For a long time now, we have known that Viacom was a shameless merchant of sleaze TV, a conglomerate intent on shredding everything good, decent, and even holy to feather its own filthy nest with money. What is new is that we didn't know that Viacom had a limit to its shamelessness.
Any attack on Christianity, not matter how repugnant, is not only acceptable, it is celebrated. But the very idea of a scene mocking Islam … and Viacom runs for the hills. Viacom-owned Comedy Central has announced it would not let its super-sleazy cartoon "South Park" show a cartoon image of Mohammed, lest Muslims be offended. They put out a brief statement: "In light of recent world events, we feel we made the right decision." Its executives would not comment further, but an insider told AP's David Bauder the reason was the network brass's "concerns for public safety."
In a convoluted two-part episode aimed at embarrassing its own network, the creators of "South Park" wrote a show about not being allowed to show the prophet Mohammed in cartoon form. The "South Park" view is expressed in the second show: "Either it's all OK, or none of it is," said one character. But the creators of "South Park" don't go for all-or-nothing mockery in this plot. For example, they don't really attack al-Qaeda in these episodes. They draw laughs by having Osama bin Laden and Ayman al-Zawahiri act as foils for Hollywood-scriptwriter inside jokes.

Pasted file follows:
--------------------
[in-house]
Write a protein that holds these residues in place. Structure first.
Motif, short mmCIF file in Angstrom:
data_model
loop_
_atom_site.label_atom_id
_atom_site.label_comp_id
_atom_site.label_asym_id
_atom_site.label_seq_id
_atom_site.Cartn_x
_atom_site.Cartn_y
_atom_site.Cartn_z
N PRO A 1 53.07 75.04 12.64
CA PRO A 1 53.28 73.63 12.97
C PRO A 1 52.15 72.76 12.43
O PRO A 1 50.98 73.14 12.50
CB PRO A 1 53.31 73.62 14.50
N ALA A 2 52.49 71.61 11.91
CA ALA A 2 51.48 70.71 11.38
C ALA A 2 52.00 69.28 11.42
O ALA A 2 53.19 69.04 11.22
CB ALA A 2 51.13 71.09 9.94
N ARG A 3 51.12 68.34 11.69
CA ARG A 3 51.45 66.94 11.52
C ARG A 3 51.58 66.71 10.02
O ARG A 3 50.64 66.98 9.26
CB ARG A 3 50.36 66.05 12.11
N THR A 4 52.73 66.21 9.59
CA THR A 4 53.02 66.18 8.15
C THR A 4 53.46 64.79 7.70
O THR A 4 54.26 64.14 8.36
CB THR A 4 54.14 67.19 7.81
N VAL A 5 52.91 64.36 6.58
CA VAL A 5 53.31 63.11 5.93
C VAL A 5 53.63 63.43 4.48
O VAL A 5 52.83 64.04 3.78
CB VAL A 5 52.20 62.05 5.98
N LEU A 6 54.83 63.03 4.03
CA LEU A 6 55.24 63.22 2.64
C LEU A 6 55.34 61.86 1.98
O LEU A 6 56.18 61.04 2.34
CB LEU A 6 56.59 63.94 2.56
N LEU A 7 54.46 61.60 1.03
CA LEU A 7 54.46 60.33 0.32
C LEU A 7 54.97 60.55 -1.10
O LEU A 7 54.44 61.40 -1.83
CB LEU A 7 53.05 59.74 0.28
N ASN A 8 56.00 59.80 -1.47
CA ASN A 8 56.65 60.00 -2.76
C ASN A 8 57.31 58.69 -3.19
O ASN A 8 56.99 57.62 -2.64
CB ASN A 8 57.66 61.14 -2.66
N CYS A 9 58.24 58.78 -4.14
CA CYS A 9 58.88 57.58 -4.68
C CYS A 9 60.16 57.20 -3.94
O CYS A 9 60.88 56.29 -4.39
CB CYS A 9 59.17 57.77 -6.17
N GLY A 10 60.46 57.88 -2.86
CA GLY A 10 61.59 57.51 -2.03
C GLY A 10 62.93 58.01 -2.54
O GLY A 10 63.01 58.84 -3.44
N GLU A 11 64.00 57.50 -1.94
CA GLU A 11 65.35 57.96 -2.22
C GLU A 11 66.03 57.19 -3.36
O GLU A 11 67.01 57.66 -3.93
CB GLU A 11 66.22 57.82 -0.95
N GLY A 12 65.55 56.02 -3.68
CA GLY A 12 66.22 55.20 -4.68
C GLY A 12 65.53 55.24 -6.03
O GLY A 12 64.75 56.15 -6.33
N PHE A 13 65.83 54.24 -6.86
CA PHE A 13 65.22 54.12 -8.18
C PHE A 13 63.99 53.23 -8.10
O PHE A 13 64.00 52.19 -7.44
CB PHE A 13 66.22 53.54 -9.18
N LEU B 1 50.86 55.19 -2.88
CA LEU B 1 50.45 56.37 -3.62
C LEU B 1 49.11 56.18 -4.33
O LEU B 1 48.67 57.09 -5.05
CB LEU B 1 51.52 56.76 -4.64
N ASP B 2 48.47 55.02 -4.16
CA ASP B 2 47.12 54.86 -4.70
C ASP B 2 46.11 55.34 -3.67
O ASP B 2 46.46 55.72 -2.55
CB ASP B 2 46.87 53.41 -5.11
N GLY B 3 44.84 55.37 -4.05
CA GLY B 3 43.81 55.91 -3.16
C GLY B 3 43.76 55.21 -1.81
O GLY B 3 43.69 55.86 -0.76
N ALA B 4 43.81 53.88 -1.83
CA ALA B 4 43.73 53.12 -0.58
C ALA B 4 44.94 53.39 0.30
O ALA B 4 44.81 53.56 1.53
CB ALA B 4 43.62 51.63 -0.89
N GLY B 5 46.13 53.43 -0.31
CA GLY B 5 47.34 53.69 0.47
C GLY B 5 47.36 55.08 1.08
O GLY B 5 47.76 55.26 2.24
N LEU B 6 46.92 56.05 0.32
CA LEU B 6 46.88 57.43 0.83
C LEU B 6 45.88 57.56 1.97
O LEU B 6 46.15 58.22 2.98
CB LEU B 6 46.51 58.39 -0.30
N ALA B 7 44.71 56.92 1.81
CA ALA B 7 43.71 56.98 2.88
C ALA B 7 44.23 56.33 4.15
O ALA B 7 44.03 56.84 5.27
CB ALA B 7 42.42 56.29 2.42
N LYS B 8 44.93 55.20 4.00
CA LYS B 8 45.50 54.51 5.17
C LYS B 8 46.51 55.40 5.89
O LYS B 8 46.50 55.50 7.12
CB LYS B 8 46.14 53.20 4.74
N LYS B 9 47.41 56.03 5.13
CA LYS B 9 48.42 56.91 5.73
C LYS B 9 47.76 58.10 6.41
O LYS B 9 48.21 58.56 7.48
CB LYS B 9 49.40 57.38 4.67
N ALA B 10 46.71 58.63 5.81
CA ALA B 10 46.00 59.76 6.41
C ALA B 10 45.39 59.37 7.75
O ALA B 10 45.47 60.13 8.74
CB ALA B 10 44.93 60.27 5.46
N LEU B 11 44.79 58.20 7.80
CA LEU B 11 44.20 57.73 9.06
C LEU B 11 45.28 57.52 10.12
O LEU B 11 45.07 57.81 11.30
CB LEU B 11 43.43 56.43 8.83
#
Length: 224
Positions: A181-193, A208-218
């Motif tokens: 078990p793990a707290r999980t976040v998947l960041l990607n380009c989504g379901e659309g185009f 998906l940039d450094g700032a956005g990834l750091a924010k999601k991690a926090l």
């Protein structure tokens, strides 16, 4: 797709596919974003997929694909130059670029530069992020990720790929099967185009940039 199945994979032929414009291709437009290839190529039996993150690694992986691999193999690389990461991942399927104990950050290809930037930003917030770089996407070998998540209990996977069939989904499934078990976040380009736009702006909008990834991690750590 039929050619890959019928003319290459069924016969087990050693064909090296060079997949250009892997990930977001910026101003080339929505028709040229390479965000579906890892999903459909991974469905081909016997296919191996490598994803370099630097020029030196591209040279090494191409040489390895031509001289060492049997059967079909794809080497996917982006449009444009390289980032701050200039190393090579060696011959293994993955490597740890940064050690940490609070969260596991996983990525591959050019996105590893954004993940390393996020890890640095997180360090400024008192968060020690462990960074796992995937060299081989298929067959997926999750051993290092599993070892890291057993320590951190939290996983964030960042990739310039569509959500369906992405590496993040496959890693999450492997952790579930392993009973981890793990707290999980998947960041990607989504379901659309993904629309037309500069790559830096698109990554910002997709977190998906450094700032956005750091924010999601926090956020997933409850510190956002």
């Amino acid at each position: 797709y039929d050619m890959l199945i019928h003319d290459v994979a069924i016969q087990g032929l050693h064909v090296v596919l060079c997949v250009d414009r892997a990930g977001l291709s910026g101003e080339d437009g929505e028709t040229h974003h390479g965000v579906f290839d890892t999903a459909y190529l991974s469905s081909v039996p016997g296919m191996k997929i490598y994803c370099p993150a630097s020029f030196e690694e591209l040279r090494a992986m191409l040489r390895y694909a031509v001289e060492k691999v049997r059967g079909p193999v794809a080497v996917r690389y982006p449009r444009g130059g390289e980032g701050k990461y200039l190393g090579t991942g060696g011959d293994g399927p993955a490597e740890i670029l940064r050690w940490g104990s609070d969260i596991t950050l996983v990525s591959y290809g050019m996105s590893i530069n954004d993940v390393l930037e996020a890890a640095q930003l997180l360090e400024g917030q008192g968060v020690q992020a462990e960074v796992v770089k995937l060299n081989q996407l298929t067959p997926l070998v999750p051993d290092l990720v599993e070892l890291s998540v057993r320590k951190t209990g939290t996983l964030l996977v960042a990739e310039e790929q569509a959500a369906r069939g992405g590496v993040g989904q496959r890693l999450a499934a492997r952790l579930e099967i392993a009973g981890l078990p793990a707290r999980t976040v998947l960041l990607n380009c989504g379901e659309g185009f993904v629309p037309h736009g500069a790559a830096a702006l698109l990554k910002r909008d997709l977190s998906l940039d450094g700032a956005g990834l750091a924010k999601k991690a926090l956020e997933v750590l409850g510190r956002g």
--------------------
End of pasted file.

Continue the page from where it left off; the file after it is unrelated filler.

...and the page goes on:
When Mohammed was slated to appear, the image of Mohammed was replaced with a black screen, reading: "Comedy Central has refused to broadcast an image of Mohammed on their network." So keep score. Comedy Central wouldn't allow "South Park" to show a cartoon depiction of Mohammed ... but it didn't have any problem with the show ending with a depiction of Jesus Christ defecating on President Bush: "Look at me, I'm Jesus. Would you like me to crap on you, Mr. Bush? Mmm, yummy, yummy crap!"
There was no black screen explaining, "Comedy Central has refused to broadcast a mockery of the image of Jesus during Holy Week on their network." Viacom's standards are curious, to say the least. It mocks Christians all year long -- Easter mockery is a natural next step after last year's special, "Merry F---ing Christmas" -- but the image of Mohammed is a sacred cow that must be respected.
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